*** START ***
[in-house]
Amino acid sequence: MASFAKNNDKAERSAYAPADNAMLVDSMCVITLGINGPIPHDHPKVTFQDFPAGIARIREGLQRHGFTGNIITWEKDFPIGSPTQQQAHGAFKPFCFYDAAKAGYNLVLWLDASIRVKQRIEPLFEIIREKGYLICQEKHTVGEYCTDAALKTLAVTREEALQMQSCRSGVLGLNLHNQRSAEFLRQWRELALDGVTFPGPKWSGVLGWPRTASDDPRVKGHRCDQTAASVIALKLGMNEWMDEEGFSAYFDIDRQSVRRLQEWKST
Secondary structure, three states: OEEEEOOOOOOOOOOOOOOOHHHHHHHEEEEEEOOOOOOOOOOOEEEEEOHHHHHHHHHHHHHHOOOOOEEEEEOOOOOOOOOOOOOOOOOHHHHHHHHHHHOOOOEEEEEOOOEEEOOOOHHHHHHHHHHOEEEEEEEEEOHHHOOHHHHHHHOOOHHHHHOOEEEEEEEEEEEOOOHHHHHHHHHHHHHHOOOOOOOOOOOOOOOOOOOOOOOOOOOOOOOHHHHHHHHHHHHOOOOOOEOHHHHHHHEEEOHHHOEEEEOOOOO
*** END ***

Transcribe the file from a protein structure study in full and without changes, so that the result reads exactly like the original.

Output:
[in-house]
Amino acid sequence: MASFAKNNDKAERSAYAPADNAMLVDSMCVITLGINGPIPHDHPKVTFQDFPAGIARIREGLQRHGFTGNIITWEKDFPIGSPTQQQAHGAFKPFCFYDAAKAGYNLVLWLDASIRVKQRIEPLFEIIREKGYLICQEKHTVGEYCTDAALKTLAVTREEALQMQSCRSGVLGLNLHNQRSAEFLRQWRELALDGVTFPGPKWSGVLGWPRTASDDPRVKGHRCDQTAASVIALKLGMNEWMDEEGFSAYFDIDRQSVRRLQEWKST
Secondary structure, three states: OEEEEOOOOOOOOOOOOOOOHHHHHHHEEEEEEOOOOOOOOOOOEEEEEOHHHHHHHHHHHHHHOOOOOEEEEEOOOOOOOOOOOOOOOOOHHHHHHHHHHHOOOOEEEEEOOOEEEOOOOHHHHHHHHHHOEEEEEEEEEOHHHOOHHHHHHHOOOHHHHHOOEEEEEEEEEEEOOOHHHHHHHHHHHHHHOOOOOOOOOOOOOOOOOOOOOOOOOOOOOOOHHHHHHHHHHHHOOOOOOEOHHHHHHHEEEOHHHOEEEEOOOOO